Self Massage Tools for Athletes [REVIEW]
Best Self Massage Tools - Review
For Athletes To Recover Faster and Cheaper!
After 2 decades in training and a current career working full time as a circus performer I feel (or my body feels) like I should know a thing or two about aches and pains.
Overtension and poor form are responsible for about 98% of typical sports related injuries (Dr Kelly Starrett - Becoming a Supple Leopard). The truth is, most of the times I've been injured it was probably preventable, but prehab and rehab has never been something I've enjoyed, honestly I just can't be bothered most of the time.
But, eventually there comes an age where you have two choices:
1. Start being bothered & keep your body functioning
2. Get injured and quit
So, over the last couple of years I have been opting for option 1, learning about posture, anatomy, nutrition, healing practices and so on. If you look at top performing athletes that have sustained their career, you will see that they invest into themselves, Lebron James invests around 1.5 million a year into his recovery, it's no mystery why he has reached the level he is at, he worked hard and made the right choices.
Self massage is not a new concept to me, but I couldn't say it's something I was previously educated on and so I've been trying to rectify that; trying different types of equipment, different techniques and I have written this as a guide to someone that wants to take better care of their body but is unsure where to start.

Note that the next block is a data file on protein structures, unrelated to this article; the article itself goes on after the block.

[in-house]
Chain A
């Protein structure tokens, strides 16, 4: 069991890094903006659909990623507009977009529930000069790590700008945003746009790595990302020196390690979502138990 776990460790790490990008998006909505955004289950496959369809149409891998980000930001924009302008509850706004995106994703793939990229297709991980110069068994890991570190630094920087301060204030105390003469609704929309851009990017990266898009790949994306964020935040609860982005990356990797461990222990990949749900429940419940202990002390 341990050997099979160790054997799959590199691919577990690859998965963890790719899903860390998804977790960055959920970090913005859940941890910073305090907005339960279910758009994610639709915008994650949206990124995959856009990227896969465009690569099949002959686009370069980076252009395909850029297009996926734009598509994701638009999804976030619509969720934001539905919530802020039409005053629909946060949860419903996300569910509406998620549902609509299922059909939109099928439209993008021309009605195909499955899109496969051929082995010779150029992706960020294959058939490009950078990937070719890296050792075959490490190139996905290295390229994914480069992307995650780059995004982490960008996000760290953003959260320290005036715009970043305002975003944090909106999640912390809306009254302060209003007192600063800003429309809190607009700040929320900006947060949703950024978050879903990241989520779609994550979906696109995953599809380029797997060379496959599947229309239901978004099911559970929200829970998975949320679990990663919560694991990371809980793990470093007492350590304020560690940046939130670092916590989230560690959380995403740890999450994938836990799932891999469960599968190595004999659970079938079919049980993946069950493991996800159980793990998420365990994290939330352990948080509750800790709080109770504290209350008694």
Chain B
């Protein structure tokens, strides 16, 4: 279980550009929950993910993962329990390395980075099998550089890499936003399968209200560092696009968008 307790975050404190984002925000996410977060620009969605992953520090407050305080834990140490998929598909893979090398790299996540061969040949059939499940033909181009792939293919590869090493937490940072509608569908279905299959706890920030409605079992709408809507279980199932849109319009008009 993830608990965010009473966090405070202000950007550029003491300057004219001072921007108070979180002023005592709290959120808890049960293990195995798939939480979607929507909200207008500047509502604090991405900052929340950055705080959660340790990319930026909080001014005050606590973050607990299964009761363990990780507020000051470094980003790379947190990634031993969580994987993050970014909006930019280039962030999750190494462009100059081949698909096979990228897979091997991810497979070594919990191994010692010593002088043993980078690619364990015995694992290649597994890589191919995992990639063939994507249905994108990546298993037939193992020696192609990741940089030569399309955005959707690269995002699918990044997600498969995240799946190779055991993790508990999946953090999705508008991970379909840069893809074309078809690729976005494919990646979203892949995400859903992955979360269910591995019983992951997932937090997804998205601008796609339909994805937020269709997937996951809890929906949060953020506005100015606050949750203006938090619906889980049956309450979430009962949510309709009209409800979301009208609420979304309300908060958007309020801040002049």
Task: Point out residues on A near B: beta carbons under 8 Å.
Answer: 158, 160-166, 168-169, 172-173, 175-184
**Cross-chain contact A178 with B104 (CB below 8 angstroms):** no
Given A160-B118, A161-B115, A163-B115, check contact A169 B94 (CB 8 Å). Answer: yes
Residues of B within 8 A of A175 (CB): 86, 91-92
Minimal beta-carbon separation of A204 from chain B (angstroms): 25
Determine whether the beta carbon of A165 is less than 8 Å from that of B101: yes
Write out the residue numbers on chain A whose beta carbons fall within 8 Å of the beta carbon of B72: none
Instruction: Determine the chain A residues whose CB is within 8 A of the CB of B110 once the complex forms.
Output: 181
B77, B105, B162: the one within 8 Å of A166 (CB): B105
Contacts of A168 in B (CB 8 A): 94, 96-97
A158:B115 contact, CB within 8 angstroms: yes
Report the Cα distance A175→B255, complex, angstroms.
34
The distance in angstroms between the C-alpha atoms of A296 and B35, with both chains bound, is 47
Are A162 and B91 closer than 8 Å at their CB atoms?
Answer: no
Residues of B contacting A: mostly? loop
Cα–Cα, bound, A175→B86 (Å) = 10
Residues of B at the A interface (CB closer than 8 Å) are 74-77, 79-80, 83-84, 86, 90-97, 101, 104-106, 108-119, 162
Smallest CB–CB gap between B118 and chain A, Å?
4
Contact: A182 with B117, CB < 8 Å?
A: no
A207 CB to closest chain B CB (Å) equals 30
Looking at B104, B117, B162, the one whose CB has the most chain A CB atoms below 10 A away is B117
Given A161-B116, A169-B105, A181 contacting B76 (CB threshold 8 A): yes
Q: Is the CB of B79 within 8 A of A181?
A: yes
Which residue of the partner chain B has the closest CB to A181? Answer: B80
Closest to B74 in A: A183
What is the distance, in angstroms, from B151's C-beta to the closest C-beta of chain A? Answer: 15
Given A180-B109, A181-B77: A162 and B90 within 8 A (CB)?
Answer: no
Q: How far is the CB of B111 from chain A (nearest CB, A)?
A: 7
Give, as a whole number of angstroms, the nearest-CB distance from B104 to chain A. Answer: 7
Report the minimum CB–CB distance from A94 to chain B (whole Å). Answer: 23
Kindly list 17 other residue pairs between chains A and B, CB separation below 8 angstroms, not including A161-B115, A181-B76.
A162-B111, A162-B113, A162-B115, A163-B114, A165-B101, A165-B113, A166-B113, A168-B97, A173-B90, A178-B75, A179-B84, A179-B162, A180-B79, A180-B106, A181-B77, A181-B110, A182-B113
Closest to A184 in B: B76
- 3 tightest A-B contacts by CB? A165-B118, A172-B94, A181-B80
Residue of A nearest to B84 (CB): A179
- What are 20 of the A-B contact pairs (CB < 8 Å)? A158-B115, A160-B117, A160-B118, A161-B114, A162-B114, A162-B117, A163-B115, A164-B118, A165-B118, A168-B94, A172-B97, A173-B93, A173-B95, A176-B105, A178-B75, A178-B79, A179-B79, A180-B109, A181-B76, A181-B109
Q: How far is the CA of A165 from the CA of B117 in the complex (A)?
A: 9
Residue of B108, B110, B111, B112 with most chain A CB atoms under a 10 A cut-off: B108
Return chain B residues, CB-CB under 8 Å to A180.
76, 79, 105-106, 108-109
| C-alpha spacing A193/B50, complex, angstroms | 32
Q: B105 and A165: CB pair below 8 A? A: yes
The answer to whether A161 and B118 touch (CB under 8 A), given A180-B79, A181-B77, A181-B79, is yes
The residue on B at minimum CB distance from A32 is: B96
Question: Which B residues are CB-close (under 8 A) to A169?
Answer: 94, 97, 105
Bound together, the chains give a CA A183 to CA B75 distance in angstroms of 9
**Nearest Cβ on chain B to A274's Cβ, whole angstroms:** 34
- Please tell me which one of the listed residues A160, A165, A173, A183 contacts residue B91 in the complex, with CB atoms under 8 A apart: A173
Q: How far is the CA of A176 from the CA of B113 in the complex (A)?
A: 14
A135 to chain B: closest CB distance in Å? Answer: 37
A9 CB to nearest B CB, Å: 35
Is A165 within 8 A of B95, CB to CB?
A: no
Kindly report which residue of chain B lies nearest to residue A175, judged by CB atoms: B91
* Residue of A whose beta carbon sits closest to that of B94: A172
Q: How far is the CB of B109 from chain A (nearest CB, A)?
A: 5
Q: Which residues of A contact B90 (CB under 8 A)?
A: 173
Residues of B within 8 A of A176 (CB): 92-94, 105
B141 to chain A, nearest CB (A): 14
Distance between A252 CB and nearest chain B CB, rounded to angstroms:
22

You can buy both of these things for less than £30 and mine have lasted so far for years with 1000s of uses. Consider that a sports massage costs around £60 for an hour and you will quickly see how these things are an incredible investment.
By the way, I'm not knocking sports massages - they are definitely the #1 option, just expensive and impossible for daily sessions unless you are earning the big bucks.
You can pretty much deeply massage your entire body with these two pieces of equipment. Minus perhaps a few small harder to reach areas (e.g. neck) you could theoretically not need any other equipment and have a sustainable tension-free life.
A massage ball can literally be taken anywhere and a foam roller isn't much bigger - if you get a hollow one you can put clothes and whatnot inside of it if needed. Both are super durable, basically just definitely worth getting.
Typically I will start with the foam roller and then afterwards move into more specific pinpointed areas with the massage ball, occasionally I will just use one or the other, these two things match like 2 peas in a pod. But, there are some major disadvantages to both of these things. The first and primary one is ease of use and this can be split into two meanings:
Awkward positions: There are some areas of the body that are awkward firstly just to reach but then even more awkward to actually control the pressure in those areas. For example when I massage my upper legs I usually have to be in a semi-plank position, when I massage my pecs I have to do it against a wall. Relaxing isn't really a suitable word.
Can't be bothered-itis): Following on from the above point, because it's not "relaxing", it feels almost like more training. It sounds lazy but it's definitely a real factor to consider - this was my first impetus to look into more massage tools..
You've probably heard of this one, it's all the trend these days. Price wise, it's certainly no massage ball but still, if we're making a comparison to an hour sports massage it still comes up as a fairly phenomenal investment.